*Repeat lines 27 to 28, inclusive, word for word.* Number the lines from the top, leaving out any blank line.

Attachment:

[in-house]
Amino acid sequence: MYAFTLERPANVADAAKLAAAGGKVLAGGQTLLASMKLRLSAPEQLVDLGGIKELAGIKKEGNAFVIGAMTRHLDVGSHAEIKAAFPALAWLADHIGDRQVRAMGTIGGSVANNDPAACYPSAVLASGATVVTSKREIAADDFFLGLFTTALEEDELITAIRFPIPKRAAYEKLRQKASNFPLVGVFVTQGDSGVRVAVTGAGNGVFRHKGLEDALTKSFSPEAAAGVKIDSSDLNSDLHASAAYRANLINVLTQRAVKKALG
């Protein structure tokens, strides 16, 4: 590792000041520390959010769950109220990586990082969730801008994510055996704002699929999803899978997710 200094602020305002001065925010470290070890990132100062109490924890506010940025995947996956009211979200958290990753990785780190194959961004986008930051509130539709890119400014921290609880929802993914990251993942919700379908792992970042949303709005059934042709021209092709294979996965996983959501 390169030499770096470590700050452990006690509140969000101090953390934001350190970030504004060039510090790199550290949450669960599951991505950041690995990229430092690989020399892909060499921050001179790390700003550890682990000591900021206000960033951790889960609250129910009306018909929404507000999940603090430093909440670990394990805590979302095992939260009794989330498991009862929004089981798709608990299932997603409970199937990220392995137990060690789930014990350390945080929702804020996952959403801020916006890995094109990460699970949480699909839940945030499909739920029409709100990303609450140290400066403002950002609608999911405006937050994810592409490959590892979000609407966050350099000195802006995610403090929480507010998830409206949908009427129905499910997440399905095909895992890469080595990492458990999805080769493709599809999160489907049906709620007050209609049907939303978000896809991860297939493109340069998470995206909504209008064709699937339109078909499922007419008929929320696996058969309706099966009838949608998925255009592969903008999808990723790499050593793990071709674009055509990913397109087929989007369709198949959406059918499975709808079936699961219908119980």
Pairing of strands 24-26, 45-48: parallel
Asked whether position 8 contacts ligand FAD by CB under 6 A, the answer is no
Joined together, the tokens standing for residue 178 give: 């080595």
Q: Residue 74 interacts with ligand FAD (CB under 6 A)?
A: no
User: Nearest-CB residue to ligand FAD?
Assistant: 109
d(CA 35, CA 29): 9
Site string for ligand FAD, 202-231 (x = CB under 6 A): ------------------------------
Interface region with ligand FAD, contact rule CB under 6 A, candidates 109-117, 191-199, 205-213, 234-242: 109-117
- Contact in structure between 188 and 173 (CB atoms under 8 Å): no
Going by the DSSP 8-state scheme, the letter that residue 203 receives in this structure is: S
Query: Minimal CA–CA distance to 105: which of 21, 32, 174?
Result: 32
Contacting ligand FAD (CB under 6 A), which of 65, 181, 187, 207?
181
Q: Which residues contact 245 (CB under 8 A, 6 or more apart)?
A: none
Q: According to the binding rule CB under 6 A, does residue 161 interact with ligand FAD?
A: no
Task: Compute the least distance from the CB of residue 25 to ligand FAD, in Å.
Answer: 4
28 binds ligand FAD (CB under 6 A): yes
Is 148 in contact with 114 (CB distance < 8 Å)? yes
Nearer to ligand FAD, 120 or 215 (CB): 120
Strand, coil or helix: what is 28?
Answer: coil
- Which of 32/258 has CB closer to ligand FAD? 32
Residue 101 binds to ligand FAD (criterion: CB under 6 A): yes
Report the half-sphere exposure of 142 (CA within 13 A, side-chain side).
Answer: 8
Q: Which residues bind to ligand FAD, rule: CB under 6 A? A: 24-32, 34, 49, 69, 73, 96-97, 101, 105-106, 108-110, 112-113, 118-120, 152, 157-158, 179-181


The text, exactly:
Is 148 in contact with 114 (CB distance < 8 Å)? yes
Nearer to ligand FAD, 120 or 215 (CB): 120